For an everyday meal in Kentucky, grits are fine. But for special occasions, it has to be corn pudding.
This silky smooth concoction has been dished up at practically every celebration in Kentucky for the last 200 years, says Ouita Michel, chef and owner of the Holly Hill Inn in Midway, Ky. “Corn pudding is a real old-American recipe,” she says. “We have so much corn here, and it’s something you could make right on the farm with just corn, eggs, milk and a little flour.”
Though you’ll always find corn pudding at church potlucks and family gatherings, no two puddings are exactly alike. Some cooks swear by creamed corn; others will not make it unless they have fresh on hand. Some use cream and no flour; others separate the eggs. But no one uses yellow corn. “Around here, yellow corn is for the animals,” Michel says. The variations are endless. “But no matter the version, it’s served with everything around here.” Michel explains, “It’s what you call your silver bullet—it never goes wrong.”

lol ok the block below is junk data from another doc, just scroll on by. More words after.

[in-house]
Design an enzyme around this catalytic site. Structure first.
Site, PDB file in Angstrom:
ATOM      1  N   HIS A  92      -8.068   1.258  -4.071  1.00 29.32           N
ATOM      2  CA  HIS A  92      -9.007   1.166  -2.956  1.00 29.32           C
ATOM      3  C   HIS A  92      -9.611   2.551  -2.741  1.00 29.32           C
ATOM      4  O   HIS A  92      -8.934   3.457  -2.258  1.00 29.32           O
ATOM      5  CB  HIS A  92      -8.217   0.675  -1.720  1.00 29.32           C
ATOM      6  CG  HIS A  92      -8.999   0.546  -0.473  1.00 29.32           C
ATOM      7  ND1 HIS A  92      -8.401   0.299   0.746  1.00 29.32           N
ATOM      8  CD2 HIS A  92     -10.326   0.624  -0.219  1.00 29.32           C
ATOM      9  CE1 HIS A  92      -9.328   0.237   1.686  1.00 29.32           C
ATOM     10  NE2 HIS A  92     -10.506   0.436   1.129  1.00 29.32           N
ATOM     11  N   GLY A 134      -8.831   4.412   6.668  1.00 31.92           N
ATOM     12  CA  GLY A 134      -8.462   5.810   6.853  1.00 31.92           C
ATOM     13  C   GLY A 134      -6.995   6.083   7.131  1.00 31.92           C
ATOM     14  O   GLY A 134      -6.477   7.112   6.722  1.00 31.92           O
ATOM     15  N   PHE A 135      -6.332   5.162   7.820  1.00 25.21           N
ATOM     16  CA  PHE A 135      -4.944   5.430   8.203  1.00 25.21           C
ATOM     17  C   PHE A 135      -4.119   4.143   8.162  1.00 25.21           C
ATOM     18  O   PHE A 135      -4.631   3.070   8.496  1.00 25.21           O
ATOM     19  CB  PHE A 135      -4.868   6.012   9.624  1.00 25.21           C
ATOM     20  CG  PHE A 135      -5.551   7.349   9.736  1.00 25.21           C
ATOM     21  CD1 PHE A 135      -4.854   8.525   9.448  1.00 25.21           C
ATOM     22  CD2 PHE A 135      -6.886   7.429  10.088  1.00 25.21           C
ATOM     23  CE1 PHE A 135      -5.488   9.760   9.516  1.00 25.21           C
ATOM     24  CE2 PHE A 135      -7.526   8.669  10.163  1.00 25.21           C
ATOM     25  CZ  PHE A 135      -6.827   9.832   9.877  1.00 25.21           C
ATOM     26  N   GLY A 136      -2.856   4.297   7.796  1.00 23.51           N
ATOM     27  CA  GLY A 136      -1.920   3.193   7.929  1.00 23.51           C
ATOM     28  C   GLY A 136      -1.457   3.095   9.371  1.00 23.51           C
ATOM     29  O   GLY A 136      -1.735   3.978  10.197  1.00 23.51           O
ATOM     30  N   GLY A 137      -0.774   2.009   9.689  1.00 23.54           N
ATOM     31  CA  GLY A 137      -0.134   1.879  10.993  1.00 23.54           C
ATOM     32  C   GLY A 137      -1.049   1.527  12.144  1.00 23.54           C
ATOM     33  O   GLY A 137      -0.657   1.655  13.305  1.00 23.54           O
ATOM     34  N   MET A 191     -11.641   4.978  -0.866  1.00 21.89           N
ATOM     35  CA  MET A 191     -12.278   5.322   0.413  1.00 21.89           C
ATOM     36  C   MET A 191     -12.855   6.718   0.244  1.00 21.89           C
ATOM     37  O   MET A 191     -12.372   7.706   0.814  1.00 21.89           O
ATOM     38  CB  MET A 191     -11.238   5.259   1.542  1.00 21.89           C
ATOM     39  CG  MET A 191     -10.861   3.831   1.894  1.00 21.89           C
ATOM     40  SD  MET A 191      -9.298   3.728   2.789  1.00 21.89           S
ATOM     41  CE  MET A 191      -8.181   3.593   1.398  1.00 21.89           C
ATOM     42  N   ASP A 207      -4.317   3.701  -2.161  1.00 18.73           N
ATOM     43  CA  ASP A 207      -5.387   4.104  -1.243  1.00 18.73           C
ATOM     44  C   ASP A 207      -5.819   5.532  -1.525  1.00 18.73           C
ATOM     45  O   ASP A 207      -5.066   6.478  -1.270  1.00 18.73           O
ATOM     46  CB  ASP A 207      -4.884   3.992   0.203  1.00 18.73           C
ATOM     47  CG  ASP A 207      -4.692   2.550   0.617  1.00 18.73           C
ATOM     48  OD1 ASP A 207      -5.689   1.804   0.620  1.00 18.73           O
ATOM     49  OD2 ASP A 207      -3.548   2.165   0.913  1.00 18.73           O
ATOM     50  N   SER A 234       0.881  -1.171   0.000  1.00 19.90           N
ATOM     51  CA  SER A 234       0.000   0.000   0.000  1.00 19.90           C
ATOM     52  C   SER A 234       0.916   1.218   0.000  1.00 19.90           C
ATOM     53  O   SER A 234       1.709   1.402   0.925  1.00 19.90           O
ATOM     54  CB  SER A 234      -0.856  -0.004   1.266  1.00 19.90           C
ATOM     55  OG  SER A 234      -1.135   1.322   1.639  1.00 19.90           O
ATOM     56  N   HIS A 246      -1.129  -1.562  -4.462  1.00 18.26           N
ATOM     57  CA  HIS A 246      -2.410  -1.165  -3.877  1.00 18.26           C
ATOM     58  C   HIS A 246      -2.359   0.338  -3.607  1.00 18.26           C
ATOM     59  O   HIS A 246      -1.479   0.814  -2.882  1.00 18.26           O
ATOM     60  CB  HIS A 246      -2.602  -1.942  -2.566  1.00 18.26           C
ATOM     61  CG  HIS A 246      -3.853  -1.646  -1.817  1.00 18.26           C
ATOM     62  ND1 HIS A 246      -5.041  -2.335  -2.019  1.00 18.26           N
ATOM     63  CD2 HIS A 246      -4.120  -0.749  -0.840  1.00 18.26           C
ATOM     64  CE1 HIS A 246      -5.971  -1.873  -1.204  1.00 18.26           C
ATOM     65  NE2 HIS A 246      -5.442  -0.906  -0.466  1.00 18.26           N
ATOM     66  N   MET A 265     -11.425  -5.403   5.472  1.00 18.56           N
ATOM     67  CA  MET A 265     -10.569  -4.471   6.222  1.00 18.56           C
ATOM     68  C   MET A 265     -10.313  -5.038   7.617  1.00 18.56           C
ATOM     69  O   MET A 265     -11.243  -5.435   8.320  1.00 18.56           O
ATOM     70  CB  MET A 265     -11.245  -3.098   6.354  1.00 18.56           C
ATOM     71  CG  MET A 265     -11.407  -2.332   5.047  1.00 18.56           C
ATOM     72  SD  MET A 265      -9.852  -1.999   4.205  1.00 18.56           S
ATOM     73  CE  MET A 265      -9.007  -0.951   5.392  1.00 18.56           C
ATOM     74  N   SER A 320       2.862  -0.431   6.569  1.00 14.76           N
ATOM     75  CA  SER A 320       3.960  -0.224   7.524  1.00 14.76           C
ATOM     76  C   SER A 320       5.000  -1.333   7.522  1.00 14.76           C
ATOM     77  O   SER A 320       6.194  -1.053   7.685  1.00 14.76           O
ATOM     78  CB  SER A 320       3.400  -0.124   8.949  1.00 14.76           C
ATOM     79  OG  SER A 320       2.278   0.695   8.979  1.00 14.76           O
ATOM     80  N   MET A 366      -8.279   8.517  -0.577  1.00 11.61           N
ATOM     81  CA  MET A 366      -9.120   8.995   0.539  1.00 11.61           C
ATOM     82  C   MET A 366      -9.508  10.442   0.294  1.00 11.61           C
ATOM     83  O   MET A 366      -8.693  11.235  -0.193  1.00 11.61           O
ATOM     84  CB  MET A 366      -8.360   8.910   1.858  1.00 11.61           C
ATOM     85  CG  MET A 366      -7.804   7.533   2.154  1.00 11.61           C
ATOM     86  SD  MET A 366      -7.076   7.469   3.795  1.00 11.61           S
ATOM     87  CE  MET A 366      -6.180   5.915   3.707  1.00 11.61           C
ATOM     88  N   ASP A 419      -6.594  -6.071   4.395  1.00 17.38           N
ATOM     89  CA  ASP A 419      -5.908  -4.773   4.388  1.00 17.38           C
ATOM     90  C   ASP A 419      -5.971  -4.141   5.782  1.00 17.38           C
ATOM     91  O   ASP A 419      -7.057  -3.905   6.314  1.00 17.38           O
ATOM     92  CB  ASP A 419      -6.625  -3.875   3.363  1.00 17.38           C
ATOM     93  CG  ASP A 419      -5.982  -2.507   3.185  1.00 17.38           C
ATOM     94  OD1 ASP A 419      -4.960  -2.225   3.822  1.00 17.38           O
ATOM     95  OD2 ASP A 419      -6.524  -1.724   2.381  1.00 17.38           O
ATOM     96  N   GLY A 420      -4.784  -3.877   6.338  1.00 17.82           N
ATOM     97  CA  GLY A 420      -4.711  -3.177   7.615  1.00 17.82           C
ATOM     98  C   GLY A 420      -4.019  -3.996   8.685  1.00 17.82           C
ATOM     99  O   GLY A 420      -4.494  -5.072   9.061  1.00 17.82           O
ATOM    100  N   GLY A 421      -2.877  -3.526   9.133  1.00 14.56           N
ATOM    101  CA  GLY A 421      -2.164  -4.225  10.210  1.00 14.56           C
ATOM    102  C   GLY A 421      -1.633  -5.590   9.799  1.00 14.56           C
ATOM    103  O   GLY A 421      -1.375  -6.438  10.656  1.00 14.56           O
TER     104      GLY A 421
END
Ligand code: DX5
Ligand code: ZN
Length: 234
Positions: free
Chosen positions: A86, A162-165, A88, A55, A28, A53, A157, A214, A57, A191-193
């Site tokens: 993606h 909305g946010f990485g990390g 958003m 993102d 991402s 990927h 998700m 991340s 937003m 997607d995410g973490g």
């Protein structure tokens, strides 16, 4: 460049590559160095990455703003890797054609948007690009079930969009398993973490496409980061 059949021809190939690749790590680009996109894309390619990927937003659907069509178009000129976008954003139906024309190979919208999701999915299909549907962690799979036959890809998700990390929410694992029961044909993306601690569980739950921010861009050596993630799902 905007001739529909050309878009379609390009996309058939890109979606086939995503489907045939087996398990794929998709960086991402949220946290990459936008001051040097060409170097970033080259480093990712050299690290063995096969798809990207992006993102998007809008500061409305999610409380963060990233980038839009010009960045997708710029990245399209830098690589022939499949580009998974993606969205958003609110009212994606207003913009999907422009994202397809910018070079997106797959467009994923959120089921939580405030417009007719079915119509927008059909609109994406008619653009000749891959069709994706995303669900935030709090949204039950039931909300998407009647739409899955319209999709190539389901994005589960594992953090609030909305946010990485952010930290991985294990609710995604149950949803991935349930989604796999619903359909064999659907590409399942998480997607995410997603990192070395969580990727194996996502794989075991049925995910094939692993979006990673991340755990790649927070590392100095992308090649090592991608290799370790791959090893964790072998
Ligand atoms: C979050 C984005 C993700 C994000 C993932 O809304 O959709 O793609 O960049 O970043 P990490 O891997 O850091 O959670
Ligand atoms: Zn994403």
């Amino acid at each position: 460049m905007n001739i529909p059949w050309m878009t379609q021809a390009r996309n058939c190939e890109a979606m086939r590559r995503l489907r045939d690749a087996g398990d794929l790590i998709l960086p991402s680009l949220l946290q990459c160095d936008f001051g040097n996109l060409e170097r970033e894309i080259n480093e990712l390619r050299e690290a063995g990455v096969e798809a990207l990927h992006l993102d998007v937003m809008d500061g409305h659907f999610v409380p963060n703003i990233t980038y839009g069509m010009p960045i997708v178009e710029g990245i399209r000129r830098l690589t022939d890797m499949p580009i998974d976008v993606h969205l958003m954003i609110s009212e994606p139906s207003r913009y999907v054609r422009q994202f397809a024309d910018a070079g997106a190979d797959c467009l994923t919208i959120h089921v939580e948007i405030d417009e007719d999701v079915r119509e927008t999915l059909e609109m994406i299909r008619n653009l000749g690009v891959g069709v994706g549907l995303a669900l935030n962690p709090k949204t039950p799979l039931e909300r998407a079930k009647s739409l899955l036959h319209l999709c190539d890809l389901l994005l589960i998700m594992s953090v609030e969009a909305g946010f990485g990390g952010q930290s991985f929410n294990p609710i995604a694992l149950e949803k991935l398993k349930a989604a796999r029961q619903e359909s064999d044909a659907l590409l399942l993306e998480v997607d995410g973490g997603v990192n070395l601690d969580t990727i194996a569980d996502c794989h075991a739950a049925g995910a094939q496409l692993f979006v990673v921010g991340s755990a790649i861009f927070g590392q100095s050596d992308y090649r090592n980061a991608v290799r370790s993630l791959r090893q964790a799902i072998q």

By Jeanette Hurt, a food writer in Milwaukee, Wis.